Story: Kouhei Kadono
Illustrations: Kouji Ogata
Translation (Publisher): Andrew Cunningham (Seven Seas)
Genre: Supernatural / Sci-Fi / Horror
Version reviewed: English Translated
Date of Review: 21 Mar 2012
The launching pad for the world of Boogiepop, which spans several different kinds of media.
At Shinyo Academy, there have been many reports of girls running away and never being seen or heard from again. Also, there is a secret amongst the girls at Shinyo that there is a shinigami on campus named Boogiepop. Is Boogiepop the one taking these girls away, or is something else going on?
The world of Boogiepop begins here. This is the novel that spawned a live-action film adaptation, manga adaptation, manga sequel, short stories, fourteen subsequent novels, and an animated sequel. If you are curious about Boogiepop, this is where to start.
Boogiepop and Others is a very simple story on the surface, but it is the way in which it is told that gives it a certain appeal: it is nonlinear. This is the story of a single event told from the points of view of several different characters. Only by reading through each person’s account of the events which take place at Shinyo Academy can we the reader begin to piece together what actually happened. Each of them has a different level of involvement, and during each character’s part of the story, we see the events as they passed through their eyes. Each character’s story is told independently from start to finish, so there is no criss-cross of narratives over the duration of the novel. The stories do intersect, but it is up to us to find these crossing points in order to put the story together.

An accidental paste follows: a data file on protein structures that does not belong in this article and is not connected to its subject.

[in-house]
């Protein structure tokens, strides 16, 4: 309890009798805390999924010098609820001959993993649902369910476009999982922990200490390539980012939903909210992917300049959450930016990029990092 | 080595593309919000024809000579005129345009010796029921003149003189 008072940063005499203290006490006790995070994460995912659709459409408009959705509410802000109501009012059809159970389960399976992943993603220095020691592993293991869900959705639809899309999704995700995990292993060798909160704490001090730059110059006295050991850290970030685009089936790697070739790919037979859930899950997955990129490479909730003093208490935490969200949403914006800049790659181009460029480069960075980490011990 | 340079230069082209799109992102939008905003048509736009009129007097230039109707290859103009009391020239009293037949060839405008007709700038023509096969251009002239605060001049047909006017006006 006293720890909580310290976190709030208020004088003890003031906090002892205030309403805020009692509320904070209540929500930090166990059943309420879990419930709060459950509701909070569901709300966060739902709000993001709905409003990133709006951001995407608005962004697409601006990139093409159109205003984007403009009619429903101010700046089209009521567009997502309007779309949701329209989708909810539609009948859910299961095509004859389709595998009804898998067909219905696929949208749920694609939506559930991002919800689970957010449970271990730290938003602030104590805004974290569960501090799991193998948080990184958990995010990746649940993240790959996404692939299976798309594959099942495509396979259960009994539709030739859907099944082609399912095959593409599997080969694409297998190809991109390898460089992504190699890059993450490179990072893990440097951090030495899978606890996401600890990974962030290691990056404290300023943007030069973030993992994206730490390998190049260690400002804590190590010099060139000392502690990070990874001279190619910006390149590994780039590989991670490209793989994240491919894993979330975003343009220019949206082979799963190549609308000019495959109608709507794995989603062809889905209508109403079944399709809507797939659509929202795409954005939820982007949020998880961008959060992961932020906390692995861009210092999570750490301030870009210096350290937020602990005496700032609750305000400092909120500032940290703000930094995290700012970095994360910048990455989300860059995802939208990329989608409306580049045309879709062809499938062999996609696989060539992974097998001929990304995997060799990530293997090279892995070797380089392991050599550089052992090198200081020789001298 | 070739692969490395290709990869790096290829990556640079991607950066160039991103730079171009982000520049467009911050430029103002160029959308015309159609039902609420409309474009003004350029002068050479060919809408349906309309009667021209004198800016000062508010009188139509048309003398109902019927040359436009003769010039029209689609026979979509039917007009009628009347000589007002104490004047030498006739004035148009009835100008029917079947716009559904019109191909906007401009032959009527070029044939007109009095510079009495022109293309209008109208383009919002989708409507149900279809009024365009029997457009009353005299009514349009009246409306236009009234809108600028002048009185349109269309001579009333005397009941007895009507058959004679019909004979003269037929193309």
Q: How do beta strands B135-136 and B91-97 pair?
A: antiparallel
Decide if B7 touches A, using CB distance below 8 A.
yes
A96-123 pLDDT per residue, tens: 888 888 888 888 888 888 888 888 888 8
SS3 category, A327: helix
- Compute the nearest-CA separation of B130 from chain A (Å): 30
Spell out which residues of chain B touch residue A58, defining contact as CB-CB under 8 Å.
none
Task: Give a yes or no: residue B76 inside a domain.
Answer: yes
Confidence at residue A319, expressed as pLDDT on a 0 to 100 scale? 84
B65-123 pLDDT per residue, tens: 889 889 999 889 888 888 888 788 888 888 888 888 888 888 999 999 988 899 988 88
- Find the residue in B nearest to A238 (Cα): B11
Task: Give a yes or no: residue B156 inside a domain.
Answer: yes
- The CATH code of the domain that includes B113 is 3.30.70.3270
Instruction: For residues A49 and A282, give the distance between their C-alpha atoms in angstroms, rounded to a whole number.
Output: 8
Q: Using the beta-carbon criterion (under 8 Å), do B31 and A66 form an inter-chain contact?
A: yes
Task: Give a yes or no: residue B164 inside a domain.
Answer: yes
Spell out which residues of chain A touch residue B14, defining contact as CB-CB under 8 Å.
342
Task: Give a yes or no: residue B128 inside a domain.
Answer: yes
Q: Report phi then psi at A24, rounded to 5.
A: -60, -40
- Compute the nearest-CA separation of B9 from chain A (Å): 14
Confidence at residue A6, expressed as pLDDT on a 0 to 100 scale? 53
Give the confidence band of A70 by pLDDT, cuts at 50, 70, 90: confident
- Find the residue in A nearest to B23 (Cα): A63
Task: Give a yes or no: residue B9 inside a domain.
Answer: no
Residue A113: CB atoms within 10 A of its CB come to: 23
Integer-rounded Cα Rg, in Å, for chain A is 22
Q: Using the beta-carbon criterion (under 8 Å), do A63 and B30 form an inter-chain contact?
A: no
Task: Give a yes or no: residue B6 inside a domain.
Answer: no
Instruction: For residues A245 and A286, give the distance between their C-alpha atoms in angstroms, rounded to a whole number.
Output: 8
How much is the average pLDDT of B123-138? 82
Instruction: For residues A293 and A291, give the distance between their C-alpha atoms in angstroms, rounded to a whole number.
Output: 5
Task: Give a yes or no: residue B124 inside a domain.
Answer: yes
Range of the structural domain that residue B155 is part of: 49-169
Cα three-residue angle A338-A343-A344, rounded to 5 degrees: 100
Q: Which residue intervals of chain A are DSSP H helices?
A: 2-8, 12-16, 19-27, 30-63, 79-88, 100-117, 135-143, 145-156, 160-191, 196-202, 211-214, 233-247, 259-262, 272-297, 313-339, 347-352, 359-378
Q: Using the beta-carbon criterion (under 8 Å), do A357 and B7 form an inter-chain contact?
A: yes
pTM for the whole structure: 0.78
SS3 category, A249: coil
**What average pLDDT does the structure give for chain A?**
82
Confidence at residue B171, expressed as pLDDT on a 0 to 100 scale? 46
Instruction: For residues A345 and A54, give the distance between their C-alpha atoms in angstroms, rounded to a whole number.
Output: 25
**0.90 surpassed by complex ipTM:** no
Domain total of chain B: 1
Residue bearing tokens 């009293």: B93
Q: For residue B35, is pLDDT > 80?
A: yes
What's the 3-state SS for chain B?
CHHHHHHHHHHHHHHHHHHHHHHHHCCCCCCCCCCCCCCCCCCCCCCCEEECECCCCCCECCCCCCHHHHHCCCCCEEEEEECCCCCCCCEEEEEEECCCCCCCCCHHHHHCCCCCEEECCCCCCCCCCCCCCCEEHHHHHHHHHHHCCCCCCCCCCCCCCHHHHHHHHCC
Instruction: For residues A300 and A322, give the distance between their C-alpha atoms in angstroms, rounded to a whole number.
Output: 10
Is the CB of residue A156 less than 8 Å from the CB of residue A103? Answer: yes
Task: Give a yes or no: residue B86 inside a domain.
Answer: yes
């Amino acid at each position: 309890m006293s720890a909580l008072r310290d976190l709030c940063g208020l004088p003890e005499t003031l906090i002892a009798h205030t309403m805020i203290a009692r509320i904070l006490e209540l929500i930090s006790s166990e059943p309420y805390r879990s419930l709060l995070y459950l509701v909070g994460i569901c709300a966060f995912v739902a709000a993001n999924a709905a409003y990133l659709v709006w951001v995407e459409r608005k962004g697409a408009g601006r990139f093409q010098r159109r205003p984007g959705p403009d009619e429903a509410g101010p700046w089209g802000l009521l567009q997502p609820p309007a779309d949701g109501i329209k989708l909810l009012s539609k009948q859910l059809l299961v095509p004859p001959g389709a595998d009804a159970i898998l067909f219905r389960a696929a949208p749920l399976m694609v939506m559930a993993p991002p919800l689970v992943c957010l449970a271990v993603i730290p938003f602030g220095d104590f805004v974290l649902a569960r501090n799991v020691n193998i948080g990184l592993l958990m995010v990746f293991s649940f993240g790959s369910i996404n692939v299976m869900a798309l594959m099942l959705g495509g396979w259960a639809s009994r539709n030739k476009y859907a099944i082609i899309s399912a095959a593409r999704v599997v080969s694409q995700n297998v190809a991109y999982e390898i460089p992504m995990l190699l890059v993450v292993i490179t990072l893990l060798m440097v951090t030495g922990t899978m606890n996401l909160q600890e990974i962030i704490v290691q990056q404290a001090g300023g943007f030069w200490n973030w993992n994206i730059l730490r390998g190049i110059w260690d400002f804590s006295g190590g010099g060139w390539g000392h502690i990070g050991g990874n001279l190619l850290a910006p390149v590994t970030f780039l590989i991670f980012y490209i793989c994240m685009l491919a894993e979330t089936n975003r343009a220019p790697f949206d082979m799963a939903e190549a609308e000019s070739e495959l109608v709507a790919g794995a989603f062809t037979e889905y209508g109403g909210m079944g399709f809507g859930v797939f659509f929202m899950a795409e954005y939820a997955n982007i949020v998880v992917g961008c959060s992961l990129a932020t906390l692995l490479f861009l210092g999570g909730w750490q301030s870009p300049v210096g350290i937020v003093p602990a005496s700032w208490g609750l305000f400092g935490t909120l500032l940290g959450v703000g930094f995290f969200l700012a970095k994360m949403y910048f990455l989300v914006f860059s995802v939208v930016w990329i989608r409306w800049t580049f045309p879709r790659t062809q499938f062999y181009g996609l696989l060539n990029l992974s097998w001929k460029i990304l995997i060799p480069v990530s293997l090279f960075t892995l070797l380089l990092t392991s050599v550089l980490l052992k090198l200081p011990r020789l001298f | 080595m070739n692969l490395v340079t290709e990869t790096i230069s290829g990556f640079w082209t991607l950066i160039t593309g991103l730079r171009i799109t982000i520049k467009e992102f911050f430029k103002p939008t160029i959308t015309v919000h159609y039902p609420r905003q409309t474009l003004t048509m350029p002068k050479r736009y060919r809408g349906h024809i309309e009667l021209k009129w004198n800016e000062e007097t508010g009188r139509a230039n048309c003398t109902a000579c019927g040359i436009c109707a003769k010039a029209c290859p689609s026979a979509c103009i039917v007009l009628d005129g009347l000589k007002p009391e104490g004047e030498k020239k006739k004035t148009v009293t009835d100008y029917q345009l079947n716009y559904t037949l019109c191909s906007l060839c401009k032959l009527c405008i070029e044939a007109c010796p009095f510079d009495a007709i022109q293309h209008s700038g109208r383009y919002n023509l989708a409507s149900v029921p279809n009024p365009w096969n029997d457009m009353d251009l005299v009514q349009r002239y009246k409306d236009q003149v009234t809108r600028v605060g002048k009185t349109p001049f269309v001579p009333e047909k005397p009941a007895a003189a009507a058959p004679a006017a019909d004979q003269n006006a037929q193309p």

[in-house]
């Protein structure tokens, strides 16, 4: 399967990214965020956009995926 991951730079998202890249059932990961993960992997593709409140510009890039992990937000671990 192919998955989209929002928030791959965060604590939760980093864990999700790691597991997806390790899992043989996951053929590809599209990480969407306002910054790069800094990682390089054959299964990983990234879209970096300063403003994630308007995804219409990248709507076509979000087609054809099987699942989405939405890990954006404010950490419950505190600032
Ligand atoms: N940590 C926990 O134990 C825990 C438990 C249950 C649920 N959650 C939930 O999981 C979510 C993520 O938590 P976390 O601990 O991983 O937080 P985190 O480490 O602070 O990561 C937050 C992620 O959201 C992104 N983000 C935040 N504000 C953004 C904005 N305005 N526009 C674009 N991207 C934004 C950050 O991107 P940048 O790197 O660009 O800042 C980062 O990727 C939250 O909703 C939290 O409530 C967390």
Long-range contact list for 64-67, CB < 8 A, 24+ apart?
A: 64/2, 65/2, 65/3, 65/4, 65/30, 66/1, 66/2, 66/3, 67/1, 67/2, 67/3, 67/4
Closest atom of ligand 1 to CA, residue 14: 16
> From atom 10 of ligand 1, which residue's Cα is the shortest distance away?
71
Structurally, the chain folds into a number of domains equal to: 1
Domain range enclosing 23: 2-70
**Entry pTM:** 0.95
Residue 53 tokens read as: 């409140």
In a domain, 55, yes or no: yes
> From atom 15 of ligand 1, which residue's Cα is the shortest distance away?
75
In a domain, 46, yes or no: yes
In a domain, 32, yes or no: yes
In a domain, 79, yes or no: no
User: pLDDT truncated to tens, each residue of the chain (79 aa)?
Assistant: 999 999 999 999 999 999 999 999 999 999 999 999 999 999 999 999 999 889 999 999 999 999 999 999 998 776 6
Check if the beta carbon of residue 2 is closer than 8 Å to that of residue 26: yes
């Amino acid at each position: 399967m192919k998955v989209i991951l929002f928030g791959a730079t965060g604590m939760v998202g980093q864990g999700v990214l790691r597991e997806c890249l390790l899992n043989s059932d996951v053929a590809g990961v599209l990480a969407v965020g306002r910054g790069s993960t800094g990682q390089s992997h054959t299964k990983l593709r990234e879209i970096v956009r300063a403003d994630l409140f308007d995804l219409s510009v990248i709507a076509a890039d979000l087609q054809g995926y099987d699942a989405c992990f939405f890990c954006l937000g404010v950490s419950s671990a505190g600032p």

For those not familiar with light novels, the “light” generally refers to the fact that these kinds of books are fairly easy reading, but that isn’t meant in a negative way. It is almost like reading a screenplay, as dialogue is the driving force behind the narrative. Boogiepop and Others can be easily picked up and read for brief periods at a time, as the chapters are fairly short and there are plenty of stopping points. There is also a color-illustrated introduction to the characters before the novel begins, and there are a few black-and-white illustrations within the body of the novel as well.
Overall, the book is presented well, and North American publisher Seven Seas has a translation policy which aims to preserve the intent of the original Japanese as much as possible. The only awkward moments in the translation appear when the Japanese terms sempai and kouhai are retained in English. As these terms have no practical equivalent in English, they are kept to preserve the cultural significance of acknowledging one’s superior or junior in Japan. On a side note, there are a few typographical and copy editing errors which somehow made it through to the final draft. These are only a few isolated incidences, however.
Boogiepop and Others is an easy read, yet it still challenges due to the puzzle-like nature of the story. Equal parts high-school drama and supernatural horror, it is a good story with a wide range of characters. If you’ve heard about Boogiepop but never knew the best place to start, this light novel is the answer.